Today I’m excited to feature Zoe McCarthy. It’s always fun to learn more about authors. Today Zoe is here to answer a few questions and tell us about her new book, The Putting Green Whisperer.
Zoe: Thank you, Theresa for hosting me on your blog.
Tell us about your favorite character in your new book.
I’m partial to Allie Masterson. As a teen, she experienced two tragedies. Her mother died and her pro-golfer father abandoned her in his inability to handle his grief and guilt. Allie has stockpiled defenses around her to prevent opening old wounds or incurring new injuries. She immerses herself in golf, something she’s good at and something that doesn’t let her down. She’s watchful of others’ motives. She relies on herself. But all this changes when she and fellow caddy Shoo Leonard become best friends, a relationship she wishes was something more.
Do you read the reviews and comments of your readers? How important are reviews to authors?
I do read readers’ reviews and comments. I think authors can learn from reviews. Where several readers make the same comment on an aspect of a book, an author can learn what she does well and where she could improve. I don’t dwell on reviews in which the reader doesn’t like the genre or that the book is Christian.
I believe reviews are important to the success of a book. Many readers don’t want to invest in a book that has few reviews.
How much of yourself do you put into your books?
I flavor my stories with rewritten personal events, humorous moments, and joys and disappointments.
Some people believe that being a published author is glamorous, is that true?
I haven’t experienced that. I think the glamor has lessened from the past, except for best-selling authors. Readers are overloaded with book choices. A workshop leader teaching Amazon marketing said authors compete with 800 new titles coming on Amazon a day. Most bookstore patrons don’t stop at an author’s book-signing table. They have Amazon to quickly find the books they want to read. Few people attend well-publicized author events at libraries or other venues. The glamor may have worn off for some authors too. Being an author is a lot of hard work in writing and promoting. They bear manuscript rejections and criticism from critique partners, editors, and online reviewers.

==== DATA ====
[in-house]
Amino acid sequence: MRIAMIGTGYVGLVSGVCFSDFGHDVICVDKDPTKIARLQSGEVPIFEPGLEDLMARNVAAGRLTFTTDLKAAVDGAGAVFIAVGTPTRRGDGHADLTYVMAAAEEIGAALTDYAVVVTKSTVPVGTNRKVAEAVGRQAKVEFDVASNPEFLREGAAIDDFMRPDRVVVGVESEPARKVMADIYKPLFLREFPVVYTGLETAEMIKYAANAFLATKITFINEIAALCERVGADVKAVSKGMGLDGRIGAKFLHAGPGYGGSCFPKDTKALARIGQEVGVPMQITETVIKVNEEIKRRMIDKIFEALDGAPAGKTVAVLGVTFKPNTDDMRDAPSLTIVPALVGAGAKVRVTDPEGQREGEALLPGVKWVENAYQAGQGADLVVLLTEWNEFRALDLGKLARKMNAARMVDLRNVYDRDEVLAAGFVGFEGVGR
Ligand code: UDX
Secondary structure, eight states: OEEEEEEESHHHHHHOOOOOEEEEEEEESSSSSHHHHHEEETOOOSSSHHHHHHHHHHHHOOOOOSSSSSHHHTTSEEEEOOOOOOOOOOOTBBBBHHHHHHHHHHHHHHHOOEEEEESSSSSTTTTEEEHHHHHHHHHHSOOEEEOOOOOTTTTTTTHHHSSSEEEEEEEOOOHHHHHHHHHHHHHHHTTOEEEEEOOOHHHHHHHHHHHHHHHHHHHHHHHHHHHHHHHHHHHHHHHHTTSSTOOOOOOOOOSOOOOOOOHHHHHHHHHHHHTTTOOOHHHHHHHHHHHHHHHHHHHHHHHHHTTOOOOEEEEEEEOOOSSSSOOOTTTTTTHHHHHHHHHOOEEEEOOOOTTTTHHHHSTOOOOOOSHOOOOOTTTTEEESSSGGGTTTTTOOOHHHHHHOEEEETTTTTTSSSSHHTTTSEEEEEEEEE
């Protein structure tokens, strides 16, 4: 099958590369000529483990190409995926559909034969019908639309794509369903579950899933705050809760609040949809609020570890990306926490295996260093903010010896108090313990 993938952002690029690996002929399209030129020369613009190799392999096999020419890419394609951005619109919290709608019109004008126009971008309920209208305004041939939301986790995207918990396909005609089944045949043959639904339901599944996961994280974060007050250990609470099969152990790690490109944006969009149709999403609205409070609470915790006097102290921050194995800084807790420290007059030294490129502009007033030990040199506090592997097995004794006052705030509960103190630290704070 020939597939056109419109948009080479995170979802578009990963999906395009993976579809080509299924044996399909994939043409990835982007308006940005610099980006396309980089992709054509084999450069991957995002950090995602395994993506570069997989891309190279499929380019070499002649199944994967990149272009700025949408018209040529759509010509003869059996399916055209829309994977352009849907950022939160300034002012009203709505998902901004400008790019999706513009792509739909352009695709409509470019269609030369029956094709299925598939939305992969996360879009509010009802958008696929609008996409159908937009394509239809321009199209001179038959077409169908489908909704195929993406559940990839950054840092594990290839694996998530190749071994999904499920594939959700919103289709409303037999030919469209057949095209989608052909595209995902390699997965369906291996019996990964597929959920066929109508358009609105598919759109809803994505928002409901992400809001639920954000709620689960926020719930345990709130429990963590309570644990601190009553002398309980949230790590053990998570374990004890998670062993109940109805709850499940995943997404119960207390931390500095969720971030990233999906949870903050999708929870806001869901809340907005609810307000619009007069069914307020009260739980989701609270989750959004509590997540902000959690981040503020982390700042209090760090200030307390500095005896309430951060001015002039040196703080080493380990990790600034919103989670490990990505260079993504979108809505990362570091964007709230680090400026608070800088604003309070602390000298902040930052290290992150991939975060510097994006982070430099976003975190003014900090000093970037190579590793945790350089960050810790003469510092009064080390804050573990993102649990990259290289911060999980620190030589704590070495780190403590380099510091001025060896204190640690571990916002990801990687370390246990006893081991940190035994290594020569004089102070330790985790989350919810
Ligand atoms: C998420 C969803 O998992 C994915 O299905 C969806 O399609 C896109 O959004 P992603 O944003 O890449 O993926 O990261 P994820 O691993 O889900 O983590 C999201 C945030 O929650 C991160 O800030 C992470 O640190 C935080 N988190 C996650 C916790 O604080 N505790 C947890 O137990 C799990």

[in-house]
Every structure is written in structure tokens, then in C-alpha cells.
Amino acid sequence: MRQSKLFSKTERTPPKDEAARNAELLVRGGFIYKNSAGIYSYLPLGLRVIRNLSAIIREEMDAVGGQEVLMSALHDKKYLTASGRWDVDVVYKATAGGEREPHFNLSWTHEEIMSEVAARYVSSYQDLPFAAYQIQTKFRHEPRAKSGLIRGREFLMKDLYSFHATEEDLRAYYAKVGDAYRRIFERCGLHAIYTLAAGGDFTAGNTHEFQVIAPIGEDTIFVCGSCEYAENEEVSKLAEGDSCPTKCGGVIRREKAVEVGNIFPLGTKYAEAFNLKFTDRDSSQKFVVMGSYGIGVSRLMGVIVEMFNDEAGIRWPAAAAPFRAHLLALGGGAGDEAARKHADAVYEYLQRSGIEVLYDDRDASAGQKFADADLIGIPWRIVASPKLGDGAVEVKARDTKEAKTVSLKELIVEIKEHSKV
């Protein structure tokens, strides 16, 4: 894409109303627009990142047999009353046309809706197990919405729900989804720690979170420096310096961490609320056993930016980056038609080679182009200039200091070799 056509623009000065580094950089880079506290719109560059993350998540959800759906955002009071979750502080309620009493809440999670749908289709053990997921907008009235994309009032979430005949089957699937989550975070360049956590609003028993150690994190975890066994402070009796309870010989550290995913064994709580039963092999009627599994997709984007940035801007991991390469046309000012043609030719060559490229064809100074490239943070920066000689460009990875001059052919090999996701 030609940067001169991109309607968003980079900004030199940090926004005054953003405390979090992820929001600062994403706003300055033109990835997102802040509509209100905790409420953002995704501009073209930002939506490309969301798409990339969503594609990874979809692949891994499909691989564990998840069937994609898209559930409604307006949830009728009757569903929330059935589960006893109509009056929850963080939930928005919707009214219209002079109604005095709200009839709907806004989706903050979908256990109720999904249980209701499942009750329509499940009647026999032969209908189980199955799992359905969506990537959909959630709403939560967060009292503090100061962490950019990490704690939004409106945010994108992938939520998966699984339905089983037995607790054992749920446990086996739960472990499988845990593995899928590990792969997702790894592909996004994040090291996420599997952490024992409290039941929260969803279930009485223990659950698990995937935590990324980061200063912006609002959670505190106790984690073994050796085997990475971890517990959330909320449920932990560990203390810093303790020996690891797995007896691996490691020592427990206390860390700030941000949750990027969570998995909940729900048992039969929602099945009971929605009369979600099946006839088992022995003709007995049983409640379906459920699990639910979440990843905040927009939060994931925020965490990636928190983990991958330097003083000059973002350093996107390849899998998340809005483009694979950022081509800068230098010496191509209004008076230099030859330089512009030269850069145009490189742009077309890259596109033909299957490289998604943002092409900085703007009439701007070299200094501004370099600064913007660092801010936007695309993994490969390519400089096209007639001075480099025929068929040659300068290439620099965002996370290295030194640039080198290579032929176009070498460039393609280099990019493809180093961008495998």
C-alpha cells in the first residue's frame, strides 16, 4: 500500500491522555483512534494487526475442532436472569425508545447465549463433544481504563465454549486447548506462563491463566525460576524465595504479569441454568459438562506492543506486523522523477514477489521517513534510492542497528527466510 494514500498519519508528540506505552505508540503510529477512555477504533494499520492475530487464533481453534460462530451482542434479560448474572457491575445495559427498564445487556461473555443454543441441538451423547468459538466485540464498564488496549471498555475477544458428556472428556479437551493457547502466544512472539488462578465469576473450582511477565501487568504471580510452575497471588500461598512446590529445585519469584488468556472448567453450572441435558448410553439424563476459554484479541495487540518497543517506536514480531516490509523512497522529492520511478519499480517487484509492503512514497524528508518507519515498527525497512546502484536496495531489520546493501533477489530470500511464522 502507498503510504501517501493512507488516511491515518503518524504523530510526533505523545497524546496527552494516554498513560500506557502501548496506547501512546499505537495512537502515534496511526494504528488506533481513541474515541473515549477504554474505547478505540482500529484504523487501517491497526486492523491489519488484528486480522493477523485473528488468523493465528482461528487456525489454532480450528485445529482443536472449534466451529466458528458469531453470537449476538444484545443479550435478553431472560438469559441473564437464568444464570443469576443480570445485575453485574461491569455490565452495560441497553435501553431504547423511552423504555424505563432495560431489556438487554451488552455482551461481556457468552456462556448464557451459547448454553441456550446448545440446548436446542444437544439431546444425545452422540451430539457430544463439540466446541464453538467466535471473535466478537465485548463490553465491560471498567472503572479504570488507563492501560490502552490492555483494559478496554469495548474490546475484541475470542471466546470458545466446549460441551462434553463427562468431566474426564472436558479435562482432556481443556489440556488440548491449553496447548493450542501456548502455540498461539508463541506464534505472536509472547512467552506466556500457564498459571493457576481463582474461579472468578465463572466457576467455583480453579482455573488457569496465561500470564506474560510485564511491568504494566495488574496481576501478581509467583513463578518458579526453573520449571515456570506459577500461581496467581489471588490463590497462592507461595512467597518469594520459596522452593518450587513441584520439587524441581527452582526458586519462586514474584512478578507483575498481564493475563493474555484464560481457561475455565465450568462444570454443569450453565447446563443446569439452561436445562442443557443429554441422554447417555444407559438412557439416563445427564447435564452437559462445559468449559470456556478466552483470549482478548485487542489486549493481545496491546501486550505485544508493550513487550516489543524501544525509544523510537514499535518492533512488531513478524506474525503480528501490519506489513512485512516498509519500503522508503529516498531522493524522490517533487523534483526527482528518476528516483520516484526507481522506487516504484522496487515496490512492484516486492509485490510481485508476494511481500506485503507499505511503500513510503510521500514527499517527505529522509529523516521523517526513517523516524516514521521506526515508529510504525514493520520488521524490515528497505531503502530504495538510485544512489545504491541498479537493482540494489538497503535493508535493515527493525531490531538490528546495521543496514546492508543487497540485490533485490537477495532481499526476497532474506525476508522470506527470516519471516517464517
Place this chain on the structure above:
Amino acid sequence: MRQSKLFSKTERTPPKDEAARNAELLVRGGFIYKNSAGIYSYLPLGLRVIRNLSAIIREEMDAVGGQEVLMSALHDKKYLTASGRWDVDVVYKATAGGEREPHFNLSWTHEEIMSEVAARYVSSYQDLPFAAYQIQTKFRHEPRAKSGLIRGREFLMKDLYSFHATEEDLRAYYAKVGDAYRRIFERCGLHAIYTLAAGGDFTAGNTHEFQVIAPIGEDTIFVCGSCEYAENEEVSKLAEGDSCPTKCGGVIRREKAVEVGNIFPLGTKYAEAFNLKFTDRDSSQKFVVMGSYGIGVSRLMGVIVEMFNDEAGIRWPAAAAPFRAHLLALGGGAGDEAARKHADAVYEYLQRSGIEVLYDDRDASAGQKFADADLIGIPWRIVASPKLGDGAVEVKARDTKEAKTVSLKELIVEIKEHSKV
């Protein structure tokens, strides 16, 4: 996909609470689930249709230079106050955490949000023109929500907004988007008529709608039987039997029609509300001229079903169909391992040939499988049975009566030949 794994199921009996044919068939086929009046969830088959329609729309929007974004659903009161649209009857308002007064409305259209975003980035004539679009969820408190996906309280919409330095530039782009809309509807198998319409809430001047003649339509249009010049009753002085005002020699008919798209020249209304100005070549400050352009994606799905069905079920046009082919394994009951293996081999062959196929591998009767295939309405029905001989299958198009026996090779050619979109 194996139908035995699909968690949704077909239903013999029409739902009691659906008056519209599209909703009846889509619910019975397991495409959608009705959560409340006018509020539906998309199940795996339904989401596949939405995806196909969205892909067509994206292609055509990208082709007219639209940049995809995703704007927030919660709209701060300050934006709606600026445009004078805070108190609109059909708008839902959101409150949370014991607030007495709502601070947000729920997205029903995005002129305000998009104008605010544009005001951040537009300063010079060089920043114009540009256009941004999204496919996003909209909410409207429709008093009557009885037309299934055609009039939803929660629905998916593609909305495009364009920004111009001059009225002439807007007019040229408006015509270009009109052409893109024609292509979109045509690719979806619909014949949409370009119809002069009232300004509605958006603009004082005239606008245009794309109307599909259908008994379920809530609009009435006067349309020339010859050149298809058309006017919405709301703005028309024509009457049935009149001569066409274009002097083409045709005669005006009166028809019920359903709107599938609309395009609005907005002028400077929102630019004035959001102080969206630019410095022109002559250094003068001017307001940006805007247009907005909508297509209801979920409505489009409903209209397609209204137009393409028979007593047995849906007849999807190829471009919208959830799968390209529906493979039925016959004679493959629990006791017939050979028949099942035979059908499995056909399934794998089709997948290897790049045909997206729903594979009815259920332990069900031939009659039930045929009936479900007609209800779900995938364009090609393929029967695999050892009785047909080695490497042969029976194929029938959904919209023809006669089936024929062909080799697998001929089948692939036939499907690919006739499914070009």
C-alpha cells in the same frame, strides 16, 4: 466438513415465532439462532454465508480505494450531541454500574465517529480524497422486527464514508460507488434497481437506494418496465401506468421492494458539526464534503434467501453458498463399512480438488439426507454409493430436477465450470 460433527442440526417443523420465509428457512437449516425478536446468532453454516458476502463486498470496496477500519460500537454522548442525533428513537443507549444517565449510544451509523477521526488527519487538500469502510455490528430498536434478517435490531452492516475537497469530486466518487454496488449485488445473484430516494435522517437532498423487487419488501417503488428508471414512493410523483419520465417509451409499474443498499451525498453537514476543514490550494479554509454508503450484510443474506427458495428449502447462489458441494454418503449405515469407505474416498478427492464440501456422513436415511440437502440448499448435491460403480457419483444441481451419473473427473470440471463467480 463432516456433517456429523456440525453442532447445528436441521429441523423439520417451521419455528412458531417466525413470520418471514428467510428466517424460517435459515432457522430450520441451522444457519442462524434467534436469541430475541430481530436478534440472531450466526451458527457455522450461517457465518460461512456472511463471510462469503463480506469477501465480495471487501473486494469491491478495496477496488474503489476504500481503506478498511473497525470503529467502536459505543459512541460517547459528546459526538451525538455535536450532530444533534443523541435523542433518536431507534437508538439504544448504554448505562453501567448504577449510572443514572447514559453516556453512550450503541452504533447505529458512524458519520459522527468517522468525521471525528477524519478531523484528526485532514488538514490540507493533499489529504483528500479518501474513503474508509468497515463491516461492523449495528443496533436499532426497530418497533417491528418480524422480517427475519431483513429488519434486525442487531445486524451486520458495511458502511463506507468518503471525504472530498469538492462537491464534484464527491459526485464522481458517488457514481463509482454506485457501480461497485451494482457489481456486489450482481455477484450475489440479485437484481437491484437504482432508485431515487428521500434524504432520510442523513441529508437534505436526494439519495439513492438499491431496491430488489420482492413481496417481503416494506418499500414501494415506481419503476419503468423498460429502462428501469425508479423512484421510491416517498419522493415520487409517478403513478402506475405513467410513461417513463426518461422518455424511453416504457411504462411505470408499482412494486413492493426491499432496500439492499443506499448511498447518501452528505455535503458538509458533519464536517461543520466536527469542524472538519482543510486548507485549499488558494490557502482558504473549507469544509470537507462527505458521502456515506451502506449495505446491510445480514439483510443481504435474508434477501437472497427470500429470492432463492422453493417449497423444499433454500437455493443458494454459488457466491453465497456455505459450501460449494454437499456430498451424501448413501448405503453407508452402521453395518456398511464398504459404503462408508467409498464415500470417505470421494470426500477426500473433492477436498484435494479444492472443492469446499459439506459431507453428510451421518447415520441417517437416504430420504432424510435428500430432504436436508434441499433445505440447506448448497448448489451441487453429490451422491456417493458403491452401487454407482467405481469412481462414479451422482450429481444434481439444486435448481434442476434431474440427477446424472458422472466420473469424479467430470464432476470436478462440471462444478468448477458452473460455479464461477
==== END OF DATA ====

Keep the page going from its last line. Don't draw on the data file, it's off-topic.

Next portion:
Who are some of your favorite authors? Have you met any of them and found yourself having a fan-girl moment?
I enjoy Jenny B. Jones’ books. I had a fifteen-minute mentor appointment with her at a conference and attended her workshop. I like books by Francine Rivers and Eva Marie Everson. Francine impressed me when I approached her at a conference. I told her that she and I must have had the same guide in Ephesus because her Mark of the Lion series setting was spot on. She said she’d never been to Ephesus. I’ve talked briefly with Eva Marie at conferences, and she has endorsed my nonfiction book Tailor Your Fiction Manuscript in 30 Days, which is coming out later this year. I like Suzanne Woods Fisher’s books too.
Suddenly unemployed, Allie Masterson returns home to Cary, North Carolina where she caddies for her father on the PGA Seniors Tour. There, she encounters a man who possesses an alluring gift of reading the contours of the green. Fascinated with his uncanny ability, Allie is excited to meet the Green Whisperer—until she discovers that the easygoing caddy is actually Shoo Leonard, the boy who teased her relentlessly when they were kids. Despite Allie’s reservations, when Shoo is faced with having to overcome a hand injury, she agrees to use her sport science degree to become his trainer…and then she falls for him.
Shoo Leonard is grateful to Allie for her singular determination to get him ready for the PGA tour, but he isn’t ready for anything more. Still raw from a broken engagement and focused on his career, he’s content to be her fist-pumping buddy…but then he falls for her.
What seems like a happily-ever-after on the horizon takes a turn when Allie decides she’s become a distraction to Shoo’s career. Is it time for her to step away or can The Putting Green Whisperer find the right words to make her stay?
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Read an excerpt
What was that all about? Shoo stared at the retreating caddy, whose blonde ponytail protruding from the back of her golf cap danced wildly as she hurried off. He craned his neck to keep her in sight as she wove through the caddies on the cart path.
Approaching him, she’d seemed like a girl on a mission. Her striking blue eyes, bright against her tanned skin, had focused on him, as if she’d rediscovered an old friend. No doubt about it, her smile had beamed at him. Then, bam! She’d done an about-face and slammed into the check-in table.
But he didn’t know her. Did he?
He mentally scanned his female acquaintances. No match surfaced. Unlikely he’d have forgotten the petite blonde.